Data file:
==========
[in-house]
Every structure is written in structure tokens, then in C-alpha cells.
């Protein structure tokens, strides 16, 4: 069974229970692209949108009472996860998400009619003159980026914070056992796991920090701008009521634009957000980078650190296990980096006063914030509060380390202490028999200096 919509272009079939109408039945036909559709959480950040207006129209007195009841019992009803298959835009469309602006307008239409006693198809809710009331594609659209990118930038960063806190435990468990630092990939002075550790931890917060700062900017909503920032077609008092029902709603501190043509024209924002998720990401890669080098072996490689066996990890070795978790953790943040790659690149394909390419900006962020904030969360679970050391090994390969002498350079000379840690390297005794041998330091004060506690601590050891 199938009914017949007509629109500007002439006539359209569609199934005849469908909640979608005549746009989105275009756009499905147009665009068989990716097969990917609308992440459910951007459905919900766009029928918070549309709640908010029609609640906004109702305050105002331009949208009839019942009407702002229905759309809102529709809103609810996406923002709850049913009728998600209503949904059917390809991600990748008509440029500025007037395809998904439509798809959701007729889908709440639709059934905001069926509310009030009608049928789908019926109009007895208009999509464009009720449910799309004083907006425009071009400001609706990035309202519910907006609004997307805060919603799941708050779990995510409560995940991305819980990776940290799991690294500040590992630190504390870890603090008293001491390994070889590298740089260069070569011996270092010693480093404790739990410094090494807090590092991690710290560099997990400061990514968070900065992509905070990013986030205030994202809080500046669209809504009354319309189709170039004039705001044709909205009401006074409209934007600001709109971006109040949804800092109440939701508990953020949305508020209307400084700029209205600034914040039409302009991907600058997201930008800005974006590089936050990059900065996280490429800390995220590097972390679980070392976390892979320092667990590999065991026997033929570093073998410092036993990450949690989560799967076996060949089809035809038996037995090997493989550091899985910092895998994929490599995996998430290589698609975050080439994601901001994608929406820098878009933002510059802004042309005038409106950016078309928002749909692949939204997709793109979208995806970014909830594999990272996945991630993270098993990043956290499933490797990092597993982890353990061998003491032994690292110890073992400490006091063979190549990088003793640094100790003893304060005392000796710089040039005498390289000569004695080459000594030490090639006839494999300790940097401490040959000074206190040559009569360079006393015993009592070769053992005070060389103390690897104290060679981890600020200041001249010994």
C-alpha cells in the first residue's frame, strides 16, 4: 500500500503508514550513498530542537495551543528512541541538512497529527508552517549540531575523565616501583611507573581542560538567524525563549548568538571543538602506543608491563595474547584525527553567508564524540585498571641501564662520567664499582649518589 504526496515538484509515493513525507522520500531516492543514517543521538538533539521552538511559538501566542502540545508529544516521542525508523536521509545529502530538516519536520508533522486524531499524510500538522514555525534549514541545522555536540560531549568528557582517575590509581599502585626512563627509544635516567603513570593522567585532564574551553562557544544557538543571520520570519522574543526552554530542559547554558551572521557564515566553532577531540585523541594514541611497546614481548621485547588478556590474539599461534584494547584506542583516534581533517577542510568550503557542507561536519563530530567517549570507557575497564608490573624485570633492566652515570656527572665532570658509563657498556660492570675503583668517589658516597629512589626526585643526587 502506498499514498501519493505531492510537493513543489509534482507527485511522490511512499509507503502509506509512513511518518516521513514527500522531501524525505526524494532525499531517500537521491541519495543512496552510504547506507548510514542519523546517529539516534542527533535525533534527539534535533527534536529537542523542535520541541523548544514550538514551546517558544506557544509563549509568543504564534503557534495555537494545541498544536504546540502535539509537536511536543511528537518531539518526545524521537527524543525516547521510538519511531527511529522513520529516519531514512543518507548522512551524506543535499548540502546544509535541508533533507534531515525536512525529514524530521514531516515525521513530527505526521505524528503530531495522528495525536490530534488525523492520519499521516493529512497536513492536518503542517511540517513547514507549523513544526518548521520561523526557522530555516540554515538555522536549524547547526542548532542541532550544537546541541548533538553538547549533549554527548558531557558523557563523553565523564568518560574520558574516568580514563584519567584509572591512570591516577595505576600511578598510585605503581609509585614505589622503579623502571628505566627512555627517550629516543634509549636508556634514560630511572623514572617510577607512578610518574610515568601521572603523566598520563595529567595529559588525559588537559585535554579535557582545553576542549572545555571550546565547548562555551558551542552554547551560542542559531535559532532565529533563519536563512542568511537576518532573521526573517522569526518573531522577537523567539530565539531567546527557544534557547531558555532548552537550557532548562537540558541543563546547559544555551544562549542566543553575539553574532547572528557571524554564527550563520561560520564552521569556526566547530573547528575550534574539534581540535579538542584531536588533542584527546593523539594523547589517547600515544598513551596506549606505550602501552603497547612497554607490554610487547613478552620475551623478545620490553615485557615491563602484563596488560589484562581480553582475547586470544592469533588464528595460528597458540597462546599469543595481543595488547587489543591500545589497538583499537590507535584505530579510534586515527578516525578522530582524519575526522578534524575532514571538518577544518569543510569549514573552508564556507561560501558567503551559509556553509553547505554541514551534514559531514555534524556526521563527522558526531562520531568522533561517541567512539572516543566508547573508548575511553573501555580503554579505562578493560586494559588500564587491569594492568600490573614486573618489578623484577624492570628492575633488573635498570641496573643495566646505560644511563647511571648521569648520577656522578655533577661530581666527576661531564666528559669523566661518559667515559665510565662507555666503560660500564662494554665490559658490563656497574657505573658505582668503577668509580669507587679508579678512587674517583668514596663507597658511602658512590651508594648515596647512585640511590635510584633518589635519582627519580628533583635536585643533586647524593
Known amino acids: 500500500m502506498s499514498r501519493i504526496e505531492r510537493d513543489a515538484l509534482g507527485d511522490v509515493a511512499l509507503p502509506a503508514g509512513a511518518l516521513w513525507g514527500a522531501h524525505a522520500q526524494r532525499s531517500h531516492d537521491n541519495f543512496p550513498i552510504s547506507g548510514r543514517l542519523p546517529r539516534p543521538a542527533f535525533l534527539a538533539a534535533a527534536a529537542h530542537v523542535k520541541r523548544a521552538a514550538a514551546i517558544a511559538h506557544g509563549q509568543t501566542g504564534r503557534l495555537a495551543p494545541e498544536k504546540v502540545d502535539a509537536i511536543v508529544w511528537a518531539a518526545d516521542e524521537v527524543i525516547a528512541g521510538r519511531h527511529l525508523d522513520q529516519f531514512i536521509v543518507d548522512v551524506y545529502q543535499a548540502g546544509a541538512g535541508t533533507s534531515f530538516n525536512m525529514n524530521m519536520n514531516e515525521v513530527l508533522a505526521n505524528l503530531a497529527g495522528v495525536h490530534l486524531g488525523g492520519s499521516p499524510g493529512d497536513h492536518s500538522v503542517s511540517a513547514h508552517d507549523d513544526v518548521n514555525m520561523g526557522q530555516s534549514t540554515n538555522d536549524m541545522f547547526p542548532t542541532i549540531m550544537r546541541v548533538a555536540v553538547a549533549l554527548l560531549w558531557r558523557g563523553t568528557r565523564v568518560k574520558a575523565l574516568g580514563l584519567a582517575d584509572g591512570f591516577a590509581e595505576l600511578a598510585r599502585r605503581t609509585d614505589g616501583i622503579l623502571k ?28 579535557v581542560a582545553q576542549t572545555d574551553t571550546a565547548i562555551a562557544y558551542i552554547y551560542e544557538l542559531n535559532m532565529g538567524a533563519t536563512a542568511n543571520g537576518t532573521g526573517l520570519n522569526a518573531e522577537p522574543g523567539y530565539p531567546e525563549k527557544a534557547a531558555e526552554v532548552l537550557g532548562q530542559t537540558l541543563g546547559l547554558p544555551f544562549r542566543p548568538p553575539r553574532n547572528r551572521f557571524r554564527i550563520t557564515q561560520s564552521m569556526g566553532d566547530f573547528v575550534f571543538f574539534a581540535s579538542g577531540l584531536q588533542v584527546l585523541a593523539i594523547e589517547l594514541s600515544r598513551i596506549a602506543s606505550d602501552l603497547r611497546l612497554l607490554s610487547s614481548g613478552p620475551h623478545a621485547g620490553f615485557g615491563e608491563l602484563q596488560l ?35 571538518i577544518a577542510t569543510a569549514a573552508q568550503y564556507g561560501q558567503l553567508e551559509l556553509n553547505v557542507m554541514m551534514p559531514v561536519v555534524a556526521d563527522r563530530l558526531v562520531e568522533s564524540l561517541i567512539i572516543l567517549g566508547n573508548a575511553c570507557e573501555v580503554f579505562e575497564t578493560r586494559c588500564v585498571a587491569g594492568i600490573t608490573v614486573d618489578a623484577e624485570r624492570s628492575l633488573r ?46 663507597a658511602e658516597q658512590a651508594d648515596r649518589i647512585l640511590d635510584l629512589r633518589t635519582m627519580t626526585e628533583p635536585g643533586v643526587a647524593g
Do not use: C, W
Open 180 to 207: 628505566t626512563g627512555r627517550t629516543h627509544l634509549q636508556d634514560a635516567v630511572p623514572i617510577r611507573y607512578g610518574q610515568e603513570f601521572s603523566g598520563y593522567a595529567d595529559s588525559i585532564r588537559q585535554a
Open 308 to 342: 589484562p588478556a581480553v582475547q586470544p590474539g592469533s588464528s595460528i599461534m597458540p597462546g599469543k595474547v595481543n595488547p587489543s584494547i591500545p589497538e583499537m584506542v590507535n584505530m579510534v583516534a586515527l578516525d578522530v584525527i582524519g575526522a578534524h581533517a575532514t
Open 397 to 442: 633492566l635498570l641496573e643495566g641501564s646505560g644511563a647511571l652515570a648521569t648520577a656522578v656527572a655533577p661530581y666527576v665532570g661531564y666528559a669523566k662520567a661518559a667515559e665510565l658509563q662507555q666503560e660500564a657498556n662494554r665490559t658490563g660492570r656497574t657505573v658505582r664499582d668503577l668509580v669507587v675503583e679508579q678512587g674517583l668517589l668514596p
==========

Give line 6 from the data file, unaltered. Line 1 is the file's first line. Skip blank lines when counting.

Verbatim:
Do not use: C, W